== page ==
Walk The Moon: “Green Day’s ‘Longview’ Had A Lot Of Mysterious Words For A Third Grader”

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A little over two years ago, Ohio-based Walk The Moon were just some kids wearing facepaint in the kaleidoscopic music video for their expansive exalt-pop tune “Anna Sun.” At first, it was the catchy choral-style harmonies of “Anna Sun” that inspired listeners to instantaneously turn up the volume. But yearning for a fresher, sunnier dance party far from the wuhb-wuhb of the dubstep drone, hopeful youth showed up to Walk The Moon shows with their faces emblazoned with bright stripes.

For these fans, Walk The Moon represented fun-loving freedom with their ’80s-inspired Bowie-esque rhythms and Adam Ant theatricals.  Radio stations started spinning them and it wasn’t long until Walk The Moon was the indie band crush that everyone wanted brightening up their red carpets.

Eventually, VH1 named them a “You Oughta Know” artist while MTV made them one of their yearly Push Artists and they garnered the coveted opening slot on the fun. tour. The quartet was definitely on their way to “rattling” the music scene.

In an interview with KROQ in Los Angeles, Walk The Moon talked about who their “band crushes” were when they were young.  Recalling the hotness of the Tragic Kingdom-era Gwen Stefani, guitarist Eli Maiman said that No Doubt was a “big deal” for him.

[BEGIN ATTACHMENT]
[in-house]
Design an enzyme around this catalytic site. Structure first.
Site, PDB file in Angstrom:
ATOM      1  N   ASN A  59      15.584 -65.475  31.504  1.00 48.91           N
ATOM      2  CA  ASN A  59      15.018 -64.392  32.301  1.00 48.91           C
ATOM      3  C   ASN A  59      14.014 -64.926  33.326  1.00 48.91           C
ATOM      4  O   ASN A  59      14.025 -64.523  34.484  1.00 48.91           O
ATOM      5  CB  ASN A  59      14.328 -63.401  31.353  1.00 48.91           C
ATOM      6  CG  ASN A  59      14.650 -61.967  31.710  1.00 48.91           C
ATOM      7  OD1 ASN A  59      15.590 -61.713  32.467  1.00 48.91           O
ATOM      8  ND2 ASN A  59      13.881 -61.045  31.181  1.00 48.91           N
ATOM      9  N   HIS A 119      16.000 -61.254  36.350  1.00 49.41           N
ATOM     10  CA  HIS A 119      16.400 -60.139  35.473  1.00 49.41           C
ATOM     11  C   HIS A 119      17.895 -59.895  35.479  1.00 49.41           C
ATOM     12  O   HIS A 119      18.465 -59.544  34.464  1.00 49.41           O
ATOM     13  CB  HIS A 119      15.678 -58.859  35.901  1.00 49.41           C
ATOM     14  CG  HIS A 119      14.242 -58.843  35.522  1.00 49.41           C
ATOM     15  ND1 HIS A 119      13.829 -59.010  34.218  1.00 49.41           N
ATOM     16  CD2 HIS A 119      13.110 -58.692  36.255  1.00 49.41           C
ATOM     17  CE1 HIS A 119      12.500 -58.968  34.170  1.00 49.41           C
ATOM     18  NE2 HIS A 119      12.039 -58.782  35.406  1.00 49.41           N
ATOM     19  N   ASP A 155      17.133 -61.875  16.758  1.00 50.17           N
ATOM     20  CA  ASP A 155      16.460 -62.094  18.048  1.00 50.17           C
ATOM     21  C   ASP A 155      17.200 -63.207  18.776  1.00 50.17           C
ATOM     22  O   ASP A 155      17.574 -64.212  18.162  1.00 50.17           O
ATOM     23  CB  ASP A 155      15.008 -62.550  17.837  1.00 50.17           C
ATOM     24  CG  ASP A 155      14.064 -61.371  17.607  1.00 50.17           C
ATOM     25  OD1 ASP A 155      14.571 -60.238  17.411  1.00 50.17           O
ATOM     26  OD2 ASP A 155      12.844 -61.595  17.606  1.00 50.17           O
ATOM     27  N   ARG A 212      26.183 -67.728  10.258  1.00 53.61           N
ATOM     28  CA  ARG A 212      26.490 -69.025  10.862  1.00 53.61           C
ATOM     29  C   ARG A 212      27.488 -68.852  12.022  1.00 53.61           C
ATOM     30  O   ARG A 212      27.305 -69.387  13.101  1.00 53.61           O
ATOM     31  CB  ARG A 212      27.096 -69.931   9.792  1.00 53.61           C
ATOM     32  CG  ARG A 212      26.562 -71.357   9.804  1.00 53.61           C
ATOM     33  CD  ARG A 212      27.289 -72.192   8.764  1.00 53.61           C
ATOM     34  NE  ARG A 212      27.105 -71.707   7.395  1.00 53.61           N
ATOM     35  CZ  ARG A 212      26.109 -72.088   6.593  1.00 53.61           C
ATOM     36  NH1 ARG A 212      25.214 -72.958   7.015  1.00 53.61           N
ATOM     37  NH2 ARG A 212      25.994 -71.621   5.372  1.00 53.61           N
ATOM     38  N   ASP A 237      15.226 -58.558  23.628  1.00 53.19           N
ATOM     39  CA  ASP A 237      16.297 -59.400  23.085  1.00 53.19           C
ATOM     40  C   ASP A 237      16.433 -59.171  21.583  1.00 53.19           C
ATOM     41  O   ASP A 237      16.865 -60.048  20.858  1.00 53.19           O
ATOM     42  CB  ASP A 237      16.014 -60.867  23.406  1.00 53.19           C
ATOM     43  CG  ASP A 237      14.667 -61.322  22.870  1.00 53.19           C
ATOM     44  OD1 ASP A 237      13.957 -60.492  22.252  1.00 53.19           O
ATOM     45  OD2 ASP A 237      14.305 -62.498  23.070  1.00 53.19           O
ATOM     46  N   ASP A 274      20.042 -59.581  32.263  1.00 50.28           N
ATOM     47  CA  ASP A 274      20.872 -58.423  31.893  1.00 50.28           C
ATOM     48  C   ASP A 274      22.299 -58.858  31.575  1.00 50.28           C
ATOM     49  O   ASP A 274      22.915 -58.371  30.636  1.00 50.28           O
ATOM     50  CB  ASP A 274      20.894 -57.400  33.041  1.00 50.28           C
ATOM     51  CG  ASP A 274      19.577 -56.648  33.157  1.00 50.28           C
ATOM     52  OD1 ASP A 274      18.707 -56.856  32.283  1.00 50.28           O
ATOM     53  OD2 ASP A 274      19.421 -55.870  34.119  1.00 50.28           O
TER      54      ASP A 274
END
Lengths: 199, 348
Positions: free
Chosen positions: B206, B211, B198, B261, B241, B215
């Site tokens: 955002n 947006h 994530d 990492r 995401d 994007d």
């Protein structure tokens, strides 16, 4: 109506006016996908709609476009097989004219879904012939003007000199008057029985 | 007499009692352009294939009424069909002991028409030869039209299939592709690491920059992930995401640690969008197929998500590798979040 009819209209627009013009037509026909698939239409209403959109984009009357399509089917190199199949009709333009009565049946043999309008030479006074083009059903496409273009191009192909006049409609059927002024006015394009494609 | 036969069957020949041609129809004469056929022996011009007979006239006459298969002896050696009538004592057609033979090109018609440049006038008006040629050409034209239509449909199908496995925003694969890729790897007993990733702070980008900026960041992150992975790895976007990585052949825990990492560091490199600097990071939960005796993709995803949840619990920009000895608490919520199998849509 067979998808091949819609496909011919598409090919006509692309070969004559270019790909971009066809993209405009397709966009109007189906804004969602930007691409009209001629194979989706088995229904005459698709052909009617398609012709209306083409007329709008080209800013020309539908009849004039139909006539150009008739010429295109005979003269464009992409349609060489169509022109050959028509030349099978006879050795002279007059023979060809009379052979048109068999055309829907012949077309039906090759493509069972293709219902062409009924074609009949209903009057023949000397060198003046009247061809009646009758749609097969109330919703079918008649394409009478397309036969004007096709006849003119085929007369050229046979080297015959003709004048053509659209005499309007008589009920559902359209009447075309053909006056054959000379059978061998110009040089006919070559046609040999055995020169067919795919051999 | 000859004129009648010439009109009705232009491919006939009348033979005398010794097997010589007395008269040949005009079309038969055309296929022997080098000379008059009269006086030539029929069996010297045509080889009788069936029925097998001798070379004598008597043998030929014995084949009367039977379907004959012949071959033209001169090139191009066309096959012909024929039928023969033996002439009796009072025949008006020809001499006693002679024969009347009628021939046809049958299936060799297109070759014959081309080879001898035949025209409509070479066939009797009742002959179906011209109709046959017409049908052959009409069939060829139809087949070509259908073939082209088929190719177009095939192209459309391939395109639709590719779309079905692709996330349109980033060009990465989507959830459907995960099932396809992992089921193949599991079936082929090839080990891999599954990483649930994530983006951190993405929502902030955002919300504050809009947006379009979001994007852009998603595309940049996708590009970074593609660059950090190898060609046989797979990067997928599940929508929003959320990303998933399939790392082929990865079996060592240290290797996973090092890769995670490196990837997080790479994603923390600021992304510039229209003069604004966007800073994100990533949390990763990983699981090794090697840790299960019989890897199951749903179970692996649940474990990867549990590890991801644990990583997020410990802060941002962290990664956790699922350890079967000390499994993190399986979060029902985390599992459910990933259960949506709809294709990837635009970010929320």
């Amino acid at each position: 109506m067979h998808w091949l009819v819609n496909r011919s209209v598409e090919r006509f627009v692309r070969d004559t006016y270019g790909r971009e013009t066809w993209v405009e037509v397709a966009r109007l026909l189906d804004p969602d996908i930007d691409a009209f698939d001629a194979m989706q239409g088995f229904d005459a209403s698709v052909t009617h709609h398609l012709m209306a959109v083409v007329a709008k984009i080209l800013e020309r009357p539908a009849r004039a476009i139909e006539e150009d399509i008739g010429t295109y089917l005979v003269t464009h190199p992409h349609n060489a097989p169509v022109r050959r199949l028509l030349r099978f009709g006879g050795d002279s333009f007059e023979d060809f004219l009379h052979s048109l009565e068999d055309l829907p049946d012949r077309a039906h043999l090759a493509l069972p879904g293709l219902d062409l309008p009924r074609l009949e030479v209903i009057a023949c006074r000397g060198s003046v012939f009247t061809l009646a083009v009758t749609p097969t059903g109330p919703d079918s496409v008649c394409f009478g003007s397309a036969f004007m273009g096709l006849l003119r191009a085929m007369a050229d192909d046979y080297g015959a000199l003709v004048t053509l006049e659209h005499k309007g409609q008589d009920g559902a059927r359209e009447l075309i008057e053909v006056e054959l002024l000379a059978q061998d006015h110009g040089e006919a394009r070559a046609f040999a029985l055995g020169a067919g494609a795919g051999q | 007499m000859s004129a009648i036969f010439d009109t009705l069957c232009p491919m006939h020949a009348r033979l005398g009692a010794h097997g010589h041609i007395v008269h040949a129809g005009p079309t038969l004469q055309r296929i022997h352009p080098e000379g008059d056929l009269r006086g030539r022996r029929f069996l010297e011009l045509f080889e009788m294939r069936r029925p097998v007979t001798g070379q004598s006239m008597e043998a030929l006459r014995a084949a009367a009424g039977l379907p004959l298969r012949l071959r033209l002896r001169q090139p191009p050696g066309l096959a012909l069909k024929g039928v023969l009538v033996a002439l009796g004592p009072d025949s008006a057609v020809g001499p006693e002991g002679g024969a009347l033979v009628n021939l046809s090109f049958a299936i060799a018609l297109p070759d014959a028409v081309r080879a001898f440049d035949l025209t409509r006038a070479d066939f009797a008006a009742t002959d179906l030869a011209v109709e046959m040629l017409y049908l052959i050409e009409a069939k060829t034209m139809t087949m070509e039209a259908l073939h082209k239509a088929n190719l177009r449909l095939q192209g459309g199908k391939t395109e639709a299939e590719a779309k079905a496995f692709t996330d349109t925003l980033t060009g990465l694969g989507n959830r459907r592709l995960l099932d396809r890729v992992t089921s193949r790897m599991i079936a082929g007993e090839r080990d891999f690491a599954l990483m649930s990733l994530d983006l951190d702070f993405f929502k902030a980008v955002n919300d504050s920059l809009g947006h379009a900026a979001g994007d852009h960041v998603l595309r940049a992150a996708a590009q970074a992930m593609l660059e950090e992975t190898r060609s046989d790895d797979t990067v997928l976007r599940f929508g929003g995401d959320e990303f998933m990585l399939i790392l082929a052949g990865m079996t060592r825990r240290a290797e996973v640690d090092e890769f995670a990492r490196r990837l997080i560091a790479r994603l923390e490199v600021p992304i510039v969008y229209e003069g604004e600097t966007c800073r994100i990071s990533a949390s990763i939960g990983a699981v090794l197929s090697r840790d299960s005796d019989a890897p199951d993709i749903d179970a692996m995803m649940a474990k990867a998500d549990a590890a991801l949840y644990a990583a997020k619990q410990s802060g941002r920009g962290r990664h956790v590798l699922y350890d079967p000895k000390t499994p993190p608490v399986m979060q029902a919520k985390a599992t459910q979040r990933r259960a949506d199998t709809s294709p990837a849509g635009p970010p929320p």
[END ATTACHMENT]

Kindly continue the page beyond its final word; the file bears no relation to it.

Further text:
Drummer Sean Waugaman said that he was obsessed with Green Day‘s Dookie and would drive his teachers crazy singing the songs in class. Maiman had his own memories of Green Day saying their infamous track, “Longview” from Dookie, had “a lot of mysterious words for a third grader.”

“I remember trying to figure out what this word was and it was ‘mass temptation’ lost it’s fun?,'” said Maiman, coyly alluding to the sexual nature of the lyrics. Bassist Kevin Ray had a similar experience with loving Third Eye Blind and not realizing that their self-titled album which includes tracks like “Semi-Charmed Life” and “Jumper” was about drugs.

When it was pointed out that their “band crushes” weren’t really indicative of their current sound, Maiman said that their biggest sonic influences, the ones that really stuck with them, were bands that they discovered in their early college years like the Talking Heads, the Police, and David Bowie.

“What you listen to when you’re first becoming an artist and feeling creative,” Ray agreed, explaining that “there’s a difference between just being a fan and being an active, creative listener.”

–Nadia Noir, KROQ Los Angeles


Walk the Moon’s self-titled debut album is now available on RCA Records.

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